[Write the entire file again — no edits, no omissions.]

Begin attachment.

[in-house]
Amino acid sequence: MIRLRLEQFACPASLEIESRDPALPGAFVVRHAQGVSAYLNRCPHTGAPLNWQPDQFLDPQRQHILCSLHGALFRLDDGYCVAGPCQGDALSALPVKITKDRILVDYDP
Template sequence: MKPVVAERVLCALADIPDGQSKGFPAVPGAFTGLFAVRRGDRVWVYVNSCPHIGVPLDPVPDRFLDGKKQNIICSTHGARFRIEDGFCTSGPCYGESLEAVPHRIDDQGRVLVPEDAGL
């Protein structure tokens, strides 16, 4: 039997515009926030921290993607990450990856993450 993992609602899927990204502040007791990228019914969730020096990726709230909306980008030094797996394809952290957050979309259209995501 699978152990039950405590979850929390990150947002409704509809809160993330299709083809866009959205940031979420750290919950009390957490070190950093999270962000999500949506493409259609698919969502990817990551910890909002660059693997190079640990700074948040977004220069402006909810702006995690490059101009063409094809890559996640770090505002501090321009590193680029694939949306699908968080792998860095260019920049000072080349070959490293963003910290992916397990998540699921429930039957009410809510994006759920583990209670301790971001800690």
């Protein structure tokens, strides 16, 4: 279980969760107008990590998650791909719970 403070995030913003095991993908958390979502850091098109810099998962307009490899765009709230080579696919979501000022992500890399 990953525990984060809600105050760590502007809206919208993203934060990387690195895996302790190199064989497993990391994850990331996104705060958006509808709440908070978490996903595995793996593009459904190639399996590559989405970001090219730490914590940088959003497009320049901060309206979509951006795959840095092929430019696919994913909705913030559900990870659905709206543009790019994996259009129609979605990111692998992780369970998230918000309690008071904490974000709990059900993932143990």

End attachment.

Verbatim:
[in-house]
Amino acid sequence: MIRLRLEQFACPASLEIESRDPALPGAFVVRHAQGVSAYLNRCPHTGAPLNWQPDQFLDPQRQHILCSLHGALFRLDDGYCVAGPCQGDALSALPVKITKDRILVDYDP
Template sequence: MKPVVAERVLCALADIPDGQSKGFPAVPGAFTGLFAVRRGDRVWVYVNSCPHIGVPLDPVPDRFLDGKKQNIICSTHGARFRIEDGFCTSGPCYGESLEAVPHRIDDQGRVLVPEDAGL
């Protein structure tokens, strides 16, 4: 039997515009926030921290993607990450990856993450 993992609602899927990204502040007791990228019914969730020096990726709230909306980008030094797996394809952290957050979309259209995501 699978152990039950405590979850929390990150947002409704509809809160993330299709083809866009959205940031979420750290919950009390957490070190950093999270962000999500949506493409259609698919969502990817990551910890909002660059693997190079640990700074948040977004220069402006909810702006995690490059101009063409094809890559996640770090505002501090321009590193680029694939949306699908968080792998860095260019920049000072080349070959490293963003910290992916397990998540699921429930039957009410809510994006759920583990209670301790971001800690």
């Protein structure tokens, strides 16, 4: 279980969760107008990590998650791909719970 403070995030913003095991993908958390979502850091098109810099998962307009490899765009709230080579696919979501000022992500890399 990953525990984060809600105050760590502007809206919208993203934060990387690195895996302790190199064989497993990391994850990331996104705060958006509808709440908070978490996903595995793996593009459904190639399996590559989405970001090219730490914590940088959003497009320049901060309206979509951006795959840095092929430019696919994913909705913030559900990870659905709206543009790019994996259009129609979605990111692998992780369970998230918000309690008071904490974000709990059900993932143990």